These are the wonderful things about this book: it jumps between the past and the present, it is episodic, it is tangential, and it is poetry. Patti Smith is a poet and a punk rocker and an artist. Just Kids documents her 1967 move to New York and her relationship with photographer Robert Mapplethorpe. The two meet and move in together. She works at a bookstore and begins writing poetry; he creates art: mostly altars and jewelry, until he discovers photography. Smith recounts these years between ’67 and ’73 with a level of detail and specificity that is almost unbelievable.
Not that I couldn’t believe it. There’s something to be said for the attention to detail in a time before the Internet, in particular for two young artists with few possessions and barely a dollar between them. It’s as if the simplicity with which they must live forces every detail into sharp focus. Smith writes in vignettes; moments of their lives are presented, one after the other, and the readers must draw the connection. She acknowledges this herself: “I was there for these moments, but so young and preoccupied with my own thoughts that I hardly recognized them as moments.”
The book becomes not only a memoir, but a time capsule to New York at the time. This is the New York that enchants and frightens us. Smith and Mapplethorpe live amidst the artistry and drug use, the civil unrest and changing politics. That New York is a freewheeling landscape of music and art and literature, and it is a character in and of itself. So is the Chelsea Hotel where the two live for a while. Icons of the time float in and out of its rooms and bar. They make guest appearances in Smith’s book, sometimes for just a page, sometimes for a scene or two. We see William Burroughs, Allen Ginsberg, Andy Warhol, Bob Dylan, Jim Hendrix, Janis Joplin, Jim Carroll, Sam Shepard. And sometimes, as we now know, these guest stars die, and Smith mourns them in the pages of her book.
I happened to buy my copy in New Orleans during Jazz Fest. At a lull between acts, I wandered into the book tent. I walked up to the back table, and on top of one pile, among hundreds of books, Patti Smith’s Just Kids called to me. Maybe it was the slightly grainy black and white image of two kids with long, shaggy hair. Maybe it was the National Book Award sticker. Maybe I had just wanted to read her memoir for a while, and it was on my radar. Regardless, I opened it up and realized it was signed, so I grabbed it. It took me a couple months to finally sit down and read it. Somehow, the timing was perfect; I needed a book that inspired me to write.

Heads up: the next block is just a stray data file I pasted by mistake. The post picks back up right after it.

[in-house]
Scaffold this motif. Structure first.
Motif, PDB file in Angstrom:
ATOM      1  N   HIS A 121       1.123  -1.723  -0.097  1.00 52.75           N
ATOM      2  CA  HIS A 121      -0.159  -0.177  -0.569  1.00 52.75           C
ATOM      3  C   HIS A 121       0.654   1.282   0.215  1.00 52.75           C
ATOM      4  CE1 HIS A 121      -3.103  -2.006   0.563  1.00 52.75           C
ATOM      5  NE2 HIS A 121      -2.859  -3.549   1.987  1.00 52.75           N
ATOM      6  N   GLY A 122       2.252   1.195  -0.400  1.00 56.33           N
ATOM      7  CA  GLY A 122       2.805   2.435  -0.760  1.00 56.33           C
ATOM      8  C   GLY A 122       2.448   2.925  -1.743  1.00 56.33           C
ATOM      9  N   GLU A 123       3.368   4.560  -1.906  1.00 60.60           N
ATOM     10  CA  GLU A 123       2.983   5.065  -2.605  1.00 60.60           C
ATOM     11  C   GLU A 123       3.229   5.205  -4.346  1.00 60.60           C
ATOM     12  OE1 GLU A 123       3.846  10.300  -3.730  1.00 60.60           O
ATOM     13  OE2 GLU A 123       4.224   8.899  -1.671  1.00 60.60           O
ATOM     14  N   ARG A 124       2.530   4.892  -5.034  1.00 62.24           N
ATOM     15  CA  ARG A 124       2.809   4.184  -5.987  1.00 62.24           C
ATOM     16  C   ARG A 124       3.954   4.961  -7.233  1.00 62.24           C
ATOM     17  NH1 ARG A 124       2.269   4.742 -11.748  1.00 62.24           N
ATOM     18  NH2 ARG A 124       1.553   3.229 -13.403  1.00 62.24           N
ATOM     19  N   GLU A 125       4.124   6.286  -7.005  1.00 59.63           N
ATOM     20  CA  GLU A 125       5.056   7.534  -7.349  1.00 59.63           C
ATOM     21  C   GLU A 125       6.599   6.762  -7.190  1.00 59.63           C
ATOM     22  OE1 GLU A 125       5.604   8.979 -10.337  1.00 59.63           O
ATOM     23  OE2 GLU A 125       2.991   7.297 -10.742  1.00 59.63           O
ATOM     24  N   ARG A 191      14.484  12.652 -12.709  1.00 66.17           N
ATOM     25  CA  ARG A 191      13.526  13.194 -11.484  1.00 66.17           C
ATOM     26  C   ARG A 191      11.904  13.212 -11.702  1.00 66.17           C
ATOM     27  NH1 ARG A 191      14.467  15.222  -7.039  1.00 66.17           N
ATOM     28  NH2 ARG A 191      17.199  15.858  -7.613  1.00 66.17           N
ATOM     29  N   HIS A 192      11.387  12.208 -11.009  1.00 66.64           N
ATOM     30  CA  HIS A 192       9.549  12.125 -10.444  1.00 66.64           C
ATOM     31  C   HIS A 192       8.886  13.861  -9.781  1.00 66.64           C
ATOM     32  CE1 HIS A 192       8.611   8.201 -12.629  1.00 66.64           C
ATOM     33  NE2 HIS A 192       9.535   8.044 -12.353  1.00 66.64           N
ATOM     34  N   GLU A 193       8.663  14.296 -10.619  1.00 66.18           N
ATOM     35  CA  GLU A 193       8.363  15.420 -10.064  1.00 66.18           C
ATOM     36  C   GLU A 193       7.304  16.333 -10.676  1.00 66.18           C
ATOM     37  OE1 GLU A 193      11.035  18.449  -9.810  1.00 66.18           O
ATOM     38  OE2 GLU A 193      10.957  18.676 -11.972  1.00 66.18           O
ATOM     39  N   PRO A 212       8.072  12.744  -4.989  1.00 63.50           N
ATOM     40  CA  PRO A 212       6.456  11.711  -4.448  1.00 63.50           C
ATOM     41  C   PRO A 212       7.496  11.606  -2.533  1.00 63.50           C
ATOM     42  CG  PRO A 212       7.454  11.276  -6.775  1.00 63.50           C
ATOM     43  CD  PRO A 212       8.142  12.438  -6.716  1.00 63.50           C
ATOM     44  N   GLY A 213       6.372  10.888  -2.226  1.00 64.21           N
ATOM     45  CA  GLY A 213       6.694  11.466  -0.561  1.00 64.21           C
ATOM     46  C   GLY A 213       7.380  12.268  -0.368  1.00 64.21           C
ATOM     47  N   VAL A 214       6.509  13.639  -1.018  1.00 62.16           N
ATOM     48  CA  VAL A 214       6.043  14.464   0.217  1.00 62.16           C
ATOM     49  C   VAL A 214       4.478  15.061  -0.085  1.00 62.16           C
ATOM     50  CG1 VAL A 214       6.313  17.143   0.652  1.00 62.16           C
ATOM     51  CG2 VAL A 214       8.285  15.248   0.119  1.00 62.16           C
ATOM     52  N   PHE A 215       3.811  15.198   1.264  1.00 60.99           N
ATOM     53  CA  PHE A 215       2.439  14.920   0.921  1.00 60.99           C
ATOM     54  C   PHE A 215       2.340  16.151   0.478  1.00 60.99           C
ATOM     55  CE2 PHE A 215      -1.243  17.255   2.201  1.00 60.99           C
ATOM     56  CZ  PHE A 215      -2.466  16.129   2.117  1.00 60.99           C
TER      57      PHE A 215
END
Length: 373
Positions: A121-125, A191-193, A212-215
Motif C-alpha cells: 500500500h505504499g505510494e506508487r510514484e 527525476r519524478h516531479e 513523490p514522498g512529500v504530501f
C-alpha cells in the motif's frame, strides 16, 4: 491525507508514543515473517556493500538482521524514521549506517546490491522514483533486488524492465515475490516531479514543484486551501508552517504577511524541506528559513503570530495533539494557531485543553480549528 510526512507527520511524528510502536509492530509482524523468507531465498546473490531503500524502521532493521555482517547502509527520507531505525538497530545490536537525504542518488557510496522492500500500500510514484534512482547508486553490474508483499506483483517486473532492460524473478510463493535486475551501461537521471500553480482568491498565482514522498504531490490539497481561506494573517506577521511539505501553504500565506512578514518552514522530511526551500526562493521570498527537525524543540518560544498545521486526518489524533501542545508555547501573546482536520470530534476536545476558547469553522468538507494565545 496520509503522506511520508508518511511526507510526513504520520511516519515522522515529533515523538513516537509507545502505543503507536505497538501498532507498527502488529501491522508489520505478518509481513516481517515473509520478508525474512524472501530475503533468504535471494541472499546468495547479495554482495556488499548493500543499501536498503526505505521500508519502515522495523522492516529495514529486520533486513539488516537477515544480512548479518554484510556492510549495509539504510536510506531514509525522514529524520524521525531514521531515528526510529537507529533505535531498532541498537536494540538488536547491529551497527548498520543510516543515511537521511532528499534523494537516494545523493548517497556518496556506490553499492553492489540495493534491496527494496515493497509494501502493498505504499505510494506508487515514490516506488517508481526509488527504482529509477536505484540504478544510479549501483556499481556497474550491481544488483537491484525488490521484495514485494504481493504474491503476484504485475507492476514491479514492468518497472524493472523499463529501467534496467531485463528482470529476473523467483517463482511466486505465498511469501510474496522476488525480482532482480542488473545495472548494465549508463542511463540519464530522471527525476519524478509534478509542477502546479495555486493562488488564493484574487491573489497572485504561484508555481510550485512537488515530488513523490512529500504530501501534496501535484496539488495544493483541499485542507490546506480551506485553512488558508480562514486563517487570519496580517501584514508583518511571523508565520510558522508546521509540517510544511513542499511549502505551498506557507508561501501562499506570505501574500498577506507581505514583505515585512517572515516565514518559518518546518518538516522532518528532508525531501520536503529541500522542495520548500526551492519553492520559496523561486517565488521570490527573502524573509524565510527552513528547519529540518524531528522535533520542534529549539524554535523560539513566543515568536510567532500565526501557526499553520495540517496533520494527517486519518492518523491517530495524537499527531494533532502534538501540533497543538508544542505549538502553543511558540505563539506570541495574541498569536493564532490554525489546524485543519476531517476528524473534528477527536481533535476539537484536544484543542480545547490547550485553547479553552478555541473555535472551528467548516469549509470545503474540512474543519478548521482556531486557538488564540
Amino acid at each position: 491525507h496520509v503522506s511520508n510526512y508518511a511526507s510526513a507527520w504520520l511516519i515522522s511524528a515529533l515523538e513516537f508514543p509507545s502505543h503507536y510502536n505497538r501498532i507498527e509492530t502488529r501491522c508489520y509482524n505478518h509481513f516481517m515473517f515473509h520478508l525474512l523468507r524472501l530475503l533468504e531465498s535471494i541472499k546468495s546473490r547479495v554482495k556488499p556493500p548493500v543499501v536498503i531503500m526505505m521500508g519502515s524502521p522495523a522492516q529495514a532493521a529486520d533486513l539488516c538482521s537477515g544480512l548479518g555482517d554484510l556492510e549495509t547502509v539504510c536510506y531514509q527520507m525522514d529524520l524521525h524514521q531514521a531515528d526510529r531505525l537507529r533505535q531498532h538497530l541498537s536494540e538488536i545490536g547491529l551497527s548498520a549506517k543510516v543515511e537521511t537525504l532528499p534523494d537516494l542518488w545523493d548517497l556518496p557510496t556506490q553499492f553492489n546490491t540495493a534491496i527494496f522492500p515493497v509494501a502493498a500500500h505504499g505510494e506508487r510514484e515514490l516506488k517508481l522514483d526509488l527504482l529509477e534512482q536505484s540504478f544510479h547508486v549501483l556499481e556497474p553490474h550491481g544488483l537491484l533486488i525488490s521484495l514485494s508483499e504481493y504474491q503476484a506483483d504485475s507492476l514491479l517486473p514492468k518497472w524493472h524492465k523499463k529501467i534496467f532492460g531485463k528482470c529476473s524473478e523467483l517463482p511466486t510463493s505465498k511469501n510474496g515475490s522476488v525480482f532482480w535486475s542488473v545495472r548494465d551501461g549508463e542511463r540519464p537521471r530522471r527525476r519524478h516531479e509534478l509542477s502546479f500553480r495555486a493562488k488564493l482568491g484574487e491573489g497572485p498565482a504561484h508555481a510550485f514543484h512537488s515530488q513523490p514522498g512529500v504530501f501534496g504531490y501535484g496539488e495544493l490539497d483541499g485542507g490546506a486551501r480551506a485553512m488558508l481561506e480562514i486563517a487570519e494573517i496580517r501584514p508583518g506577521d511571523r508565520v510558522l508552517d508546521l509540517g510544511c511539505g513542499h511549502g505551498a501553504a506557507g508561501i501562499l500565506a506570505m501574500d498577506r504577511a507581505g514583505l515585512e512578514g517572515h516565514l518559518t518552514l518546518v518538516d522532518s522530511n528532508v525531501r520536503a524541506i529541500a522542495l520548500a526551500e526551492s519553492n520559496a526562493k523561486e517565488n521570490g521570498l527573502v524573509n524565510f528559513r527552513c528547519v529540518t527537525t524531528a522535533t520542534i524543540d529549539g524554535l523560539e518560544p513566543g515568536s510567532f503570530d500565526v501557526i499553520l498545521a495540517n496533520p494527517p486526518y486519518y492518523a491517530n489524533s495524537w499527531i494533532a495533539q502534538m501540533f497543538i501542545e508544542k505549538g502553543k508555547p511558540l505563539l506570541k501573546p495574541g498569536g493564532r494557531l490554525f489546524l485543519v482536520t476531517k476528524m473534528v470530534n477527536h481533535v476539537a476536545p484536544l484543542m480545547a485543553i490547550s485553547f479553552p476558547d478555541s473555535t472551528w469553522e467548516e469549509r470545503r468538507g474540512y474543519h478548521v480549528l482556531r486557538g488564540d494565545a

In Just Kids, I found a three hundred page meditation on the purpose and pursuit of art. If there is an overarching theme Smith sums it up in this way: “The artist seeks contact with his intuitive sense of the gods, but in order to create his work, he cannot stay in this seductive and incorporeal realm. He must return to the material world in order to do his work. It’s the artist’s responsibility to balance mystical communication and the labor of creation.” Both Smith and Mapplethorpe were artists; she was the dreamer, and he was the worker. It took their time together to learn this.
At times, Just Kids seems to be a string of memories, and at times it seems like an attempt to document New York and the particular nature of her relationship with Mapplethorpe. The result, however, is the story of her own coming-of-age as a poet and musician. Through her observations of the world around her, she developed her approach to the world, how she would use her artistry to interpret it. The appearance of Bob Dylan is particularly telling: “I suddenly understood the nature of the electric air. Bob Dylan had entered the club. This knowledge had a strange effect on me. Instead of humbled, I felt a power, perhaps his; but I also felt my own worth and the worth of my band. It seemed for me a night of initiation, where I had to become fully myself in the presence of the one I had modeled myself after.” This power is a current throughout the book.
Pages: 320 FoA pages: 33,188